Colette Holmes could barely walk. An active person who is used to being always on the go, the constant pain in her knees changed her quality of life. On the advice of friends and family, Colette decided to undergo knee replacement. She chose Dr. John McCrosson of Charleston Hip & Knee Replacement Center, a Roper St. Francis Physician Partner, saying “he’s the best in town.”
“I’ve done great,” Colette said, admitting that the recovery and rehab has been more painful than she expected.
In spite of that, Colette said her doctor is very pleased with her progress: “At 18 days, they told me I was way ahead of the curve.”
Because she is still early in the healing process, Colette is undecided about having her other knee replaced.
“You don’t get the same range of motion,” she explained. “But I understand it is three months before you’re pain-free and six months before you’re recovered. So I may change my mind.”
And that made me question whether there were other less dramatic methods of correcting joint pain, something that is apparently inevitable as we age. It seems that almost any joint in the body can be replaced, but any surgery has inherent issues that should be considered. There are other treatments that should be tried before resorting to surgery.
Dr. Andy McMarlin of Winning Health is not only board-certified in sports medicine but an elite athlete who is a volunteer physician for the U.S. Olympic team and the U.S. dragon boat team. He believes there are several non-surgical alternatives. According to Dr. McMarlin, correcting knee pain may be as simple as dropping a few pounds.
“People don’t even need to lose that much weight,” he said. “Or a knee brace might help.”
Other simple remedies that he recommends are:
- Turmeric. This has been touted as curative for many conditions. Curcumin, an anti-inflammatory, is the active ingredient. Dr. McMarlin advises taking turmeric (available as a supplement) twice daily.
- Topical anti-inflammatories. These come in various forms – creams, gels, patches – and “They are great for reducing pain.”
- Glucosamine chondroitin. Dr. McMarlin said there is some science behind this and recommends taking it twice a day. “In dogs and horses, it regrows cartilage.”
If these treatments don’t work, Dr. McMarlin suggested targeted injection therapy. He uses musculoskeletal ultrasound to make sure the injection is placed correctly for maximum benefit and minimal pain. He explained that if a doctor does the injections “blindly” without ultrasound guidance, the result may be only temporary or may not relieve the pain at all.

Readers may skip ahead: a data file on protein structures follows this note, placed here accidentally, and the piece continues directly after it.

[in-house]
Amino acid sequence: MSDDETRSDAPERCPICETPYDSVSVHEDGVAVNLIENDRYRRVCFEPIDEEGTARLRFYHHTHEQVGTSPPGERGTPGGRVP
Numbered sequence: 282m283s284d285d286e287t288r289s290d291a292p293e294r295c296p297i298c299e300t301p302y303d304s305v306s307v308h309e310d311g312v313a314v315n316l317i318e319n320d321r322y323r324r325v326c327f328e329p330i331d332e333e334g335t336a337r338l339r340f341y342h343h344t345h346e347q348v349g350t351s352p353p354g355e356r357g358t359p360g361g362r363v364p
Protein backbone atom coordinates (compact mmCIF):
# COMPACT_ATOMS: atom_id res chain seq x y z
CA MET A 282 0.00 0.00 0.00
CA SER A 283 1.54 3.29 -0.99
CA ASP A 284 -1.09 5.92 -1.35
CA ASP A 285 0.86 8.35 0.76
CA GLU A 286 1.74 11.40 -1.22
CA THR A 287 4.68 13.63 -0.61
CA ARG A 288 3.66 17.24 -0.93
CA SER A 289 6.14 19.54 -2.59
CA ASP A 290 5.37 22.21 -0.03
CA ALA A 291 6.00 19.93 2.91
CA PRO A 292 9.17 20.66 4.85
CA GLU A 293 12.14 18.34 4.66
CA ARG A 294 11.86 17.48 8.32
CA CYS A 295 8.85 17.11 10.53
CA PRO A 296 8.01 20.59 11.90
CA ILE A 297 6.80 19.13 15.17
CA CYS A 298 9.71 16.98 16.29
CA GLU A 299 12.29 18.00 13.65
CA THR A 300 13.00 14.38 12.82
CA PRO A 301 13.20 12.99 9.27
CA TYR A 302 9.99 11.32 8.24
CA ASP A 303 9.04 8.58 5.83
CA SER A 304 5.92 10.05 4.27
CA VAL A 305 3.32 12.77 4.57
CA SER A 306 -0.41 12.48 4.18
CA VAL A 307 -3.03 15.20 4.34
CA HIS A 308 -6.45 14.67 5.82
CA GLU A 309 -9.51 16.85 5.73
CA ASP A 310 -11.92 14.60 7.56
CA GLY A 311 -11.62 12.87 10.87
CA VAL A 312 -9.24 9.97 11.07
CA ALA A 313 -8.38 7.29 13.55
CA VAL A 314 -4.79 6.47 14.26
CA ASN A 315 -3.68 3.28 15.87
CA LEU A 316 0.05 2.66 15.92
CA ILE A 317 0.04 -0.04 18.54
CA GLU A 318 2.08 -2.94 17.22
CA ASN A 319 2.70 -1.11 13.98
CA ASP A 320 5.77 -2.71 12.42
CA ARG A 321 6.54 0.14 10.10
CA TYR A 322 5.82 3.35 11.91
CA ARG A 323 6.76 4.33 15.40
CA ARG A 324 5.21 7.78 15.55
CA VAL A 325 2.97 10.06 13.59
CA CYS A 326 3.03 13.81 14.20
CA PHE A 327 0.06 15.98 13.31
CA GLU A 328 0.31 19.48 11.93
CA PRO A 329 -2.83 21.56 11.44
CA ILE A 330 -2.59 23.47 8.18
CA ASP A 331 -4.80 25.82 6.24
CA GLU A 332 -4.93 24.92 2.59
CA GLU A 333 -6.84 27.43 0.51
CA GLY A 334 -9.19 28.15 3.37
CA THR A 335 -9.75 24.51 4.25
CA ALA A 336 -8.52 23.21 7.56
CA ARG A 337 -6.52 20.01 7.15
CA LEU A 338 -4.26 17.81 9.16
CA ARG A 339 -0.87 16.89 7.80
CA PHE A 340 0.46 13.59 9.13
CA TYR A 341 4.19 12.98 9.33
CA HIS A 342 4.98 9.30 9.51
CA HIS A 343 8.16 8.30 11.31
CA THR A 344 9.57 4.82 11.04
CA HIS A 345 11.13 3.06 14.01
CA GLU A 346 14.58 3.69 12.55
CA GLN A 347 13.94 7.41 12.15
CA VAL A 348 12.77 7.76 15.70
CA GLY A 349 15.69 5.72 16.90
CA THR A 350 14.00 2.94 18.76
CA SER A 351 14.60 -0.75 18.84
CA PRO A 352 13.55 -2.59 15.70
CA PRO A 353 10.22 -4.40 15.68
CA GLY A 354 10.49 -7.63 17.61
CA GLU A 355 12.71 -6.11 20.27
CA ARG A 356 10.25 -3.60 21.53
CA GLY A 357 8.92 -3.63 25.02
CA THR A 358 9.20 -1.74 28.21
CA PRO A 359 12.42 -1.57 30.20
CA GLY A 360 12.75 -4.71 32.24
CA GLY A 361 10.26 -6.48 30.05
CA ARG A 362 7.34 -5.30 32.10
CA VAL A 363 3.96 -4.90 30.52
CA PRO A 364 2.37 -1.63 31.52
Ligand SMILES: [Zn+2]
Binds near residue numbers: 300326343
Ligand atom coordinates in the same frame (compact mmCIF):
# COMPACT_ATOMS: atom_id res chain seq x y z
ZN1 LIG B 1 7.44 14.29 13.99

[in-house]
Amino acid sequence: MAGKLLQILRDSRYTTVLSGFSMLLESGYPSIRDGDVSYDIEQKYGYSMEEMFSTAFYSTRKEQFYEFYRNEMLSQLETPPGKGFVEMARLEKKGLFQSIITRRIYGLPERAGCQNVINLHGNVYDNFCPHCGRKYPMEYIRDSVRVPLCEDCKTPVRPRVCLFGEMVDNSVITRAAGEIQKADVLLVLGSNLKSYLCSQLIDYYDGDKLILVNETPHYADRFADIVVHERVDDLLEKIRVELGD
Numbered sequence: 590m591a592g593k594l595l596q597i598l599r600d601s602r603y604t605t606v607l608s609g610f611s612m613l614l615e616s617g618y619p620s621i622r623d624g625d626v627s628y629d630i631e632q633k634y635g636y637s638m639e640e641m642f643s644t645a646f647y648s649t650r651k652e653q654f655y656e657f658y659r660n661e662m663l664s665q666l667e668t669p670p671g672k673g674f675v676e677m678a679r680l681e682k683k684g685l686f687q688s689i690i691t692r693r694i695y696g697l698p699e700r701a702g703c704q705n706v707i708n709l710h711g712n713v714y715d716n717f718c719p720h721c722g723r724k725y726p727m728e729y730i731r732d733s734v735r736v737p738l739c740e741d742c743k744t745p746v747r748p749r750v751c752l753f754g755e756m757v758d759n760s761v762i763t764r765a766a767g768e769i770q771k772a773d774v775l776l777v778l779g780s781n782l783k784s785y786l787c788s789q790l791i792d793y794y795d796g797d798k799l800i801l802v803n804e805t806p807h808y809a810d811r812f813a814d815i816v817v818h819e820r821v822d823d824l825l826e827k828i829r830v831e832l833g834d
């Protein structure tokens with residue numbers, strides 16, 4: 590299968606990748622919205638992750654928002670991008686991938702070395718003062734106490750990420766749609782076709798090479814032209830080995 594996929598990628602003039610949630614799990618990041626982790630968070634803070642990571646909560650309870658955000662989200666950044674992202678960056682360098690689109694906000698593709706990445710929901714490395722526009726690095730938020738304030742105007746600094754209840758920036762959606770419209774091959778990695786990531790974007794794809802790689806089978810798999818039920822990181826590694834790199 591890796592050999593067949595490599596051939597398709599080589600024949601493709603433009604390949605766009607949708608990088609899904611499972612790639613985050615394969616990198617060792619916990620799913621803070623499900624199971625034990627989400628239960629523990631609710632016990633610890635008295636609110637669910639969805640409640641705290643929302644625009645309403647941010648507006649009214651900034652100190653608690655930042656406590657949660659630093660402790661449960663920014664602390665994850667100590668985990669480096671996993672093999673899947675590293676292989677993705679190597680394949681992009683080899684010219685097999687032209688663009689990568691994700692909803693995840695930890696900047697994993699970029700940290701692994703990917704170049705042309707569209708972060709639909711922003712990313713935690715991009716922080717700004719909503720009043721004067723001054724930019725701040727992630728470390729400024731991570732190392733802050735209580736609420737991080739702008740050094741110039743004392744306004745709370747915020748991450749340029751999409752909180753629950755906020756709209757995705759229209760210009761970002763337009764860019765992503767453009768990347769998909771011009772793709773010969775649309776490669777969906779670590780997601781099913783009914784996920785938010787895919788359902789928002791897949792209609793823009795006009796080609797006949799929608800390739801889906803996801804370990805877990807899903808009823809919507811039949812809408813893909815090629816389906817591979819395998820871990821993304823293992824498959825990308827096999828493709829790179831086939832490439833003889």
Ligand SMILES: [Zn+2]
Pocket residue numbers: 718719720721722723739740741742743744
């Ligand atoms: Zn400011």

New technology for joint pain includes platelet rich plasma, which is a stem cell attractant. The platelets contain proteins which are instrumental in healing.
When should surgery be considered?
“When you have joint pain, even at rest, and nothing else works,” Dr. McMarlin said.
When all other remedies have failed and constant pain limits your quality of life, it may be time to consider joint surgery. It is considered to be very successful and offers dramatic long-term improvement.
“The success rate for a total hip replacement is 95 percent,” Dr. McCrosson explained.
He said the knee “is more likely to be stiff” at first, adding that the average recovery time is about five months.
“Hips are quicker,” he commented, citing patients who played golf just 10 days following total hip replacement.
Dr. McCrosson said it is important to have realistic expectations about the length of recovery, which varies among patients. Once recovered, patients can expect their new joints to last 10 to 15 years.
“Replacement joints are durable,” he said.
He agreed that joint replacements are on the uptick and said that younger patients are opting for replacement in order to live the actives lives they want.
Who are the best candidates for joint replacement?
“First of all, whether it is hip or knee, are those who have areas of bare bone that is too large to treat by other means,” Dr. McCrosson said, adding “or loss of range of motion, loss of rotation in the hip or pain with activity.”
For Dr. McCrosson, the most gratifying part of joint surgery is seeing his patients return to a pain-free lives that include staying in motion.
By Barbara Millen Patrick